Growing Mizuna Greens In Your Vegetable Garden
A popular leafy vegetable from Asia, mizuna greens are used worldwide. Mizuna can be grown in a vegetable garden to use either as mature plants or as a seedling crop. The first cut of seedlings can sometimes be made two or three weeks after sowing. Where mature plants are grown, forming clumps about 22cm (9″) high, keep cutting regularly to produce a continuous crop of small young leaves. Nutritionally mizuna is an excellent source of antioxidants, folic acid, and vitamins A and C. The plant has deeply jagged, branched dandelion-like leaves , making it ideal for cut and grow again harvesting. There are two main varieties of mizuna: Mizuna Early and Mizuna Purple. Mizuna Early is tolerant to both heat and cold and slow to go to seed, making it an ideal green for continuous summer harvest. Mizuna Purple is best picked when its leaves are small, after only a month of growth. In Asia, mizuna is often pickled. Care for mizuna greens in a vegetable garden is similar to that for other Asian mustard-like greens. Even Mizuna Early will bolt eventually, so for the most prolonged harvest, sow your seeds six to 12 weeks before the first frost of autumn or in late spring.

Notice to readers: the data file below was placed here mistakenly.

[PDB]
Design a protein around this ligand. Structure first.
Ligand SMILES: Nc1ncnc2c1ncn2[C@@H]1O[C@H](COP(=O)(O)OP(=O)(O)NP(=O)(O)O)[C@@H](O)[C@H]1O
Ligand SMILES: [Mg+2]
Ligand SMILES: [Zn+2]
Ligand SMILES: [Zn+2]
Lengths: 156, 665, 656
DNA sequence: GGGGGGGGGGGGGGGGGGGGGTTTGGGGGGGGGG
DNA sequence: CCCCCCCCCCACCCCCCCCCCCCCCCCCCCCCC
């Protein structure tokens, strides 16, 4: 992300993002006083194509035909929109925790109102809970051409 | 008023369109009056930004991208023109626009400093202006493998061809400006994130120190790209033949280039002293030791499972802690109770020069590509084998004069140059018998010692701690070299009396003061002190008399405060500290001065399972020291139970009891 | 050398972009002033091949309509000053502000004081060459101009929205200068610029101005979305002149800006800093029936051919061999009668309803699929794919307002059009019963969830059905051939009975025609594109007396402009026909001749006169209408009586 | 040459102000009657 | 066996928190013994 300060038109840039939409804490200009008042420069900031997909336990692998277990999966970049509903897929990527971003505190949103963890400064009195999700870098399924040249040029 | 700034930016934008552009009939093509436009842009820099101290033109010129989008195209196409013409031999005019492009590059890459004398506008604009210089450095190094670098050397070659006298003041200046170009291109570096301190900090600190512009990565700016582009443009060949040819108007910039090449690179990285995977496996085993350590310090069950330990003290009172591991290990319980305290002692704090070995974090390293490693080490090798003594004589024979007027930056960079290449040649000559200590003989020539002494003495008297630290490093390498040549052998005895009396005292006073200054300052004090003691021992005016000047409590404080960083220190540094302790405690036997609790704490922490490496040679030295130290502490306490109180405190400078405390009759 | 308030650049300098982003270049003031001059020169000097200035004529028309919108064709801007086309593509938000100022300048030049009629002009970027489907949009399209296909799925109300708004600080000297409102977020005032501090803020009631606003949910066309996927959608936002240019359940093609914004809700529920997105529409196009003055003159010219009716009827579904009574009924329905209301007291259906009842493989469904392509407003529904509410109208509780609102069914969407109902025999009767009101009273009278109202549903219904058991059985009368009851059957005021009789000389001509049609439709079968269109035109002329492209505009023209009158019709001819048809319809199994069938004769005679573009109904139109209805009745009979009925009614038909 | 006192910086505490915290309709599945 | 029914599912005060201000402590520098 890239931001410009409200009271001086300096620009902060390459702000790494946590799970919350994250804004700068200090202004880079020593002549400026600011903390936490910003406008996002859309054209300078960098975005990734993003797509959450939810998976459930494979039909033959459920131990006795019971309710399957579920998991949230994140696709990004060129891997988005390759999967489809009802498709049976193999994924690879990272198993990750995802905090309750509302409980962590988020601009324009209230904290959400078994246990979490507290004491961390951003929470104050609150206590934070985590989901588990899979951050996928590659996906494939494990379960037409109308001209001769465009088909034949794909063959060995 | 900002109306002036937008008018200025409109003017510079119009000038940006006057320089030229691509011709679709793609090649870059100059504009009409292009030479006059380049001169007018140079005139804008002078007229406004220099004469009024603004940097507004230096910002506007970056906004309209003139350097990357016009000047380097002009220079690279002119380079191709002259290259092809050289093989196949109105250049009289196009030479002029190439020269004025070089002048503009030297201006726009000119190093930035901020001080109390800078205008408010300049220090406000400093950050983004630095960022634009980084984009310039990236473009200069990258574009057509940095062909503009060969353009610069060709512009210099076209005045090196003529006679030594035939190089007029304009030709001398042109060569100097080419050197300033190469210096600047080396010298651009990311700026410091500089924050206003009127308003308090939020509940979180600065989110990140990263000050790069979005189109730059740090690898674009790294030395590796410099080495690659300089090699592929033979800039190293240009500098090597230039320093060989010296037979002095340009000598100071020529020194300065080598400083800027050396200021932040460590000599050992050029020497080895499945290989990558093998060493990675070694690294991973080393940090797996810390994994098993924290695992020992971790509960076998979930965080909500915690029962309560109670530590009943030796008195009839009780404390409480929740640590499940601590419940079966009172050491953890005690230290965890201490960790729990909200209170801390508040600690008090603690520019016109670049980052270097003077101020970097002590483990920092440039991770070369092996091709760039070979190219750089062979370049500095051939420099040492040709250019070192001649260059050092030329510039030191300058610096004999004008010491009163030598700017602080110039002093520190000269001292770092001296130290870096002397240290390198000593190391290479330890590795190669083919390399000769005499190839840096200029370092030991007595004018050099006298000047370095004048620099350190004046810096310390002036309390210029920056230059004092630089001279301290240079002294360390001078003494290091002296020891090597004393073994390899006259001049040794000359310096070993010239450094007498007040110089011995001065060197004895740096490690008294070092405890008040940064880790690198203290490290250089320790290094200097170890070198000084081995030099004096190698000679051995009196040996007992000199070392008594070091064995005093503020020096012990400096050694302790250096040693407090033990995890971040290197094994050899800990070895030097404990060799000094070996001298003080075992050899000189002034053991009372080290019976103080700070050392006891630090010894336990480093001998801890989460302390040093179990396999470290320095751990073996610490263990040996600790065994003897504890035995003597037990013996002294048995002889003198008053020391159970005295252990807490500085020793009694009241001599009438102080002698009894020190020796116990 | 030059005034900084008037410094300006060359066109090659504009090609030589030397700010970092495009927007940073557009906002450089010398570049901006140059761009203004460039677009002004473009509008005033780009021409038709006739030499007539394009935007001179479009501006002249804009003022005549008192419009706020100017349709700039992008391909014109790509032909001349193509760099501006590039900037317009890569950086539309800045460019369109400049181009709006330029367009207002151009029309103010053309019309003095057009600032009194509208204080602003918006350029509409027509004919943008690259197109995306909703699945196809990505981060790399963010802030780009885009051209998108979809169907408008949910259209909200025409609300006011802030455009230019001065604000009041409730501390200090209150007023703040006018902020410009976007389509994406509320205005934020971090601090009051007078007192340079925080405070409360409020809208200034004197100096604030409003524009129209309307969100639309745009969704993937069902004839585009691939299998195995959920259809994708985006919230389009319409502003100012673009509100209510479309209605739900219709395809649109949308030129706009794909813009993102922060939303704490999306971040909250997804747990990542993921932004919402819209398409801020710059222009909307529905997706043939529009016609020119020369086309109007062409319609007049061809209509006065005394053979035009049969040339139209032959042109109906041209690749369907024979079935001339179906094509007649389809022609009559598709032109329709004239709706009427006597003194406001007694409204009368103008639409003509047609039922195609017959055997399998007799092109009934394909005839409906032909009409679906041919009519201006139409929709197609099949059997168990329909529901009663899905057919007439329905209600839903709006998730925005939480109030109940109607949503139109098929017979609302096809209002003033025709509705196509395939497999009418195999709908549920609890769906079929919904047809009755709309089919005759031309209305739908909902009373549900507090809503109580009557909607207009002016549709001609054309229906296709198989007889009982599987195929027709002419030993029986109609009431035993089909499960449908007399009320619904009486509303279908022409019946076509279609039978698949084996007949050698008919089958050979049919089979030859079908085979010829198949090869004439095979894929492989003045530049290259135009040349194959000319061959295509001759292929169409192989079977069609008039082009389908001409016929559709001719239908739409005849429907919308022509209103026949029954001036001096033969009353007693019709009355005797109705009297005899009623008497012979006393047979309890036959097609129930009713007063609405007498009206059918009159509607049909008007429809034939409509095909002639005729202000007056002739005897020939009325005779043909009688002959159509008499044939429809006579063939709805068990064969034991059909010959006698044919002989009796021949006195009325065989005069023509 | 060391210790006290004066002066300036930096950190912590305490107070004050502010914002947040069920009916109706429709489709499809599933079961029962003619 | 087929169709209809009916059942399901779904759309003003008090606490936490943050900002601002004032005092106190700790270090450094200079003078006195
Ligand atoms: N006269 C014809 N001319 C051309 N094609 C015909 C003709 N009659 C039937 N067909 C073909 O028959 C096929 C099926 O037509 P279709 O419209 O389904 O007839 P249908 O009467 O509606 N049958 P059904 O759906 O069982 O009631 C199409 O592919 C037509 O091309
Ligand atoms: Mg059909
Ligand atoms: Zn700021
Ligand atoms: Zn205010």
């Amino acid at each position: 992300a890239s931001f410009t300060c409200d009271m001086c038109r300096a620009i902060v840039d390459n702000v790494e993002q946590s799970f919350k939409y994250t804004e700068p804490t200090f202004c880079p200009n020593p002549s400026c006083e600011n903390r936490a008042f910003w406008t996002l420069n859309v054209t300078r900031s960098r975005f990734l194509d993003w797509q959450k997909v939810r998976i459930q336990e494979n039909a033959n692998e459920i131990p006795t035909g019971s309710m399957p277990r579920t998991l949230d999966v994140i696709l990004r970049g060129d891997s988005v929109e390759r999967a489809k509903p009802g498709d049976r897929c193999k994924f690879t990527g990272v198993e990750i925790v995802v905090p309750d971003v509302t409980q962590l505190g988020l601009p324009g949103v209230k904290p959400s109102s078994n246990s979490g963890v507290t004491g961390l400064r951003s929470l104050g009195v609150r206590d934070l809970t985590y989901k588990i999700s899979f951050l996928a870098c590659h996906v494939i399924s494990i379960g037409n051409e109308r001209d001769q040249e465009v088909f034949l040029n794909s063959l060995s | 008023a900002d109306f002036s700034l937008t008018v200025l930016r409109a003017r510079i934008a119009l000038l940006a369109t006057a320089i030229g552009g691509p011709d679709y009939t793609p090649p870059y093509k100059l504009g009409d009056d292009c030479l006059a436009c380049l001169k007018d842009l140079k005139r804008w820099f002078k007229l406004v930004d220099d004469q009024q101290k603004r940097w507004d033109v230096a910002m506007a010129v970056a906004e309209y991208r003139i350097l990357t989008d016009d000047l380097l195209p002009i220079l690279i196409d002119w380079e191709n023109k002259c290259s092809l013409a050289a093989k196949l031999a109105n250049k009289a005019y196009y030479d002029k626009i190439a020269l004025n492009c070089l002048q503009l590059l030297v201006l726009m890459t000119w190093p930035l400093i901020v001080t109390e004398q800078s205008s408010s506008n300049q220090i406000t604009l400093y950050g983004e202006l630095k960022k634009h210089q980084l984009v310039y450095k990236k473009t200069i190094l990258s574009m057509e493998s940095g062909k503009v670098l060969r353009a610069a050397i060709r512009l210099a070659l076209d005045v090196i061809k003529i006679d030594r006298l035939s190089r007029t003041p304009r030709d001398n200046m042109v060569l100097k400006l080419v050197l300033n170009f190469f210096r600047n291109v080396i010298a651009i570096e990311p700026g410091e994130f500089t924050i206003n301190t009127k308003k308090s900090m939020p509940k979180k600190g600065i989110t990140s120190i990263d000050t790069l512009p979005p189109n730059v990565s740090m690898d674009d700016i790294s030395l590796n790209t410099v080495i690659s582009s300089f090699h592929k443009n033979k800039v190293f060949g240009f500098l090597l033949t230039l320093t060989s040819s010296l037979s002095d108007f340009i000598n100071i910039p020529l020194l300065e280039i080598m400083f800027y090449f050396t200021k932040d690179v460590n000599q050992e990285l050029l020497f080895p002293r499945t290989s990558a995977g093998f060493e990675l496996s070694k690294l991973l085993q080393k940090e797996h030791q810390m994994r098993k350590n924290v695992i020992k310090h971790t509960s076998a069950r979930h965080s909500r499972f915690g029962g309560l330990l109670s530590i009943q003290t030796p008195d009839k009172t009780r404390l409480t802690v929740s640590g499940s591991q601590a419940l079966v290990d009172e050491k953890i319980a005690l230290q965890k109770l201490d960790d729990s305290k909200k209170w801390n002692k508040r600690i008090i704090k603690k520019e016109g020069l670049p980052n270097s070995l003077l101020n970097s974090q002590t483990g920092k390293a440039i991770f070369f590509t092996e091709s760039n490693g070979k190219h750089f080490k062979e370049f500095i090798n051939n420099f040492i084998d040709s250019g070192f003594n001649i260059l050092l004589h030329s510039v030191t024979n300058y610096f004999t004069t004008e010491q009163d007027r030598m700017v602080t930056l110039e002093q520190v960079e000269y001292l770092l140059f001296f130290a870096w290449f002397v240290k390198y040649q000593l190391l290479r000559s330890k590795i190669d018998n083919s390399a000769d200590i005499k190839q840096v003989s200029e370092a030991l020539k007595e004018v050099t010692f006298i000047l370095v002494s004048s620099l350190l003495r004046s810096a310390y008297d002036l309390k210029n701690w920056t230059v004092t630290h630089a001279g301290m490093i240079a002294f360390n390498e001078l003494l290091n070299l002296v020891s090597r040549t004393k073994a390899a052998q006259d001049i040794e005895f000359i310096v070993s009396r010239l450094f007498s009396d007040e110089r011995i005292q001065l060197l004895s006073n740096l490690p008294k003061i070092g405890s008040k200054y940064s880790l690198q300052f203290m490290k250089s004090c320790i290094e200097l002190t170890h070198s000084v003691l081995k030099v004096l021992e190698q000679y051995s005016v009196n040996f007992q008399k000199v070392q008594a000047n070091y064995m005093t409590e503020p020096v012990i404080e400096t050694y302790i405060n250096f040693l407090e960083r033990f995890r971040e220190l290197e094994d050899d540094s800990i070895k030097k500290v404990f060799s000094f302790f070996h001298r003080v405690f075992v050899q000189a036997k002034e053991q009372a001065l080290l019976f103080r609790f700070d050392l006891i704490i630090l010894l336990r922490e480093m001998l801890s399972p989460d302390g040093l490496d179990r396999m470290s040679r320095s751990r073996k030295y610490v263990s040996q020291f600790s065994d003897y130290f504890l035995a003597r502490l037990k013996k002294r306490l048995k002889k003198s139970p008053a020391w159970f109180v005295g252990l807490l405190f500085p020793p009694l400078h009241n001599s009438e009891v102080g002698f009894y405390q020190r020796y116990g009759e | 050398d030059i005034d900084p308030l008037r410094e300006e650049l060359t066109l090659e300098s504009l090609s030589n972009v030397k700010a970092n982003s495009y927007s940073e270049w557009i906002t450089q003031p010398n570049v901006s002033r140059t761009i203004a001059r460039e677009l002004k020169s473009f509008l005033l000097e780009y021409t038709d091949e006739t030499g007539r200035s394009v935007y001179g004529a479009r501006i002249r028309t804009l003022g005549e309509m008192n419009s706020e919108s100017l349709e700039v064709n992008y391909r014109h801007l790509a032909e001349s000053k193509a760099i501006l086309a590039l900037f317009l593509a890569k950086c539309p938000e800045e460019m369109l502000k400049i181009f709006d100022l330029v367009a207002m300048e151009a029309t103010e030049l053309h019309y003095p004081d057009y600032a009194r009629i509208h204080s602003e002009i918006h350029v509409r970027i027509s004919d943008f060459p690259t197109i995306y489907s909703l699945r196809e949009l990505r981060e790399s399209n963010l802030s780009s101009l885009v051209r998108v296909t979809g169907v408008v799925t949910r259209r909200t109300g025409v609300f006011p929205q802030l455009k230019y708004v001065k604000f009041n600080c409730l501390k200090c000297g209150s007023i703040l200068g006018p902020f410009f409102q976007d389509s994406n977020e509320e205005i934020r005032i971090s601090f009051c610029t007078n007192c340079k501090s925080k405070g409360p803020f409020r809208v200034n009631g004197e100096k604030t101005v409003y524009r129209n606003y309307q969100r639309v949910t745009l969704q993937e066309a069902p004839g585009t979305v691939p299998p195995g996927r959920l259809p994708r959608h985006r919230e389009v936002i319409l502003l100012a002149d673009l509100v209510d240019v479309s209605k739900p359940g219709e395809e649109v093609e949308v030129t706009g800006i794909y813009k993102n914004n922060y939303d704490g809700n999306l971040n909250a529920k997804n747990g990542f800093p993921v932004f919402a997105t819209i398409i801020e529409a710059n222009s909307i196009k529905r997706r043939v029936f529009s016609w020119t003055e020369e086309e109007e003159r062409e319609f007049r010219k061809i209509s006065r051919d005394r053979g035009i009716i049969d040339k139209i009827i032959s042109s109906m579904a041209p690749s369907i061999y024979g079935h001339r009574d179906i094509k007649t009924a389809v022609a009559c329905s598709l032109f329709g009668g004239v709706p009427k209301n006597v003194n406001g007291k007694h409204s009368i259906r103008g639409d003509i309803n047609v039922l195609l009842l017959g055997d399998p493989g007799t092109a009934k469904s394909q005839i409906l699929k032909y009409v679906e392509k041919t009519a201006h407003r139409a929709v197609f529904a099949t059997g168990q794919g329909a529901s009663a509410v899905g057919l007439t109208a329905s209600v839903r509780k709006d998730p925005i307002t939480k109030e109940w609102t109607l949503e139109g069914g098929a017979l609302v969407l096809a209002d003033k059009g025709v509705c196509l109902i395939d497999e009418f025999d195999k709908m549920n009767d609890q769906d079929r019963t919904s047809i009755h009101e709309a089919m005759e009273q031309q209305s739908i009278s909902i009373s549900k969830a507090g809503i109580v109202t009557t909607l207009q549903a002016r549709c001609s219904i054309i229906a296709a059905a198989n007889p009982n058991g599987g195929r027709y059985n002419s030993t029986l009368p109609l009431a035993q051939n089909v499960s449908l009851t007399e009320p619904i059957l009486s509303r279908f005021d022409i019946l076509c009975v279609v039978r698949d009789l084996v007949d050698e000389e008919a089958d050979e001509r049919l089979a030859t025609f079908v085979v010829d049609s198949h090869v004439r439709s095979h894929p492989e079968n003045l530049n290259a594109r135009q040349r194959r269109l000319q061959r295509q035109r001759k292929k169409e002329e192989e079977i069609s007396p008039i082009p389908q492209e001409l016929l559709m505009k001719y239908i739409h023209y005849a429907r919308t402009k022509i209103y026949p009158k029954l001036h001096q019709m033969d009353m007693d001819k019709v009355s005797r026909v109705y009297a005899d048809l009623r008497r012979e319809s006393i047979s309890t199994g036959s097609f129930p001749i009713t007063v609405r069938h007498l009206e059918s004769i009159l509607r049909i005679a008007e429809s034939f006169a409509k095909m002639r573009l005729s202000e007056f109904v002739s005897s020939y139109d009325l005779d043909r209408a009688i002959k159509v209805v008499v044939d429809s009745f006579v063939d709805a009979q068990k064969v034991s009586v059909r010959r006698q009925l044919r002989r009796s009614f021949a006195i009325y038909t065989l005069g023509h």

Plant your seeds in moist but well-drained soil. Before planting, loosen the soil to at least 12 inches deep and mix in some manure. Plant the seeds 2 inches apart, ¼ inch deep, and water well. After the seeds have germinated (this should take only a few days), thin the plants to 14 inches apart. That’s basically it. Ongoing care is not much different from that of other greens in the vegetable garden. Water and harvest your greens as needed.vegetable garden plants, vegetable garden pictures ideas, vegetable garden images, green plants, mizuna greens, .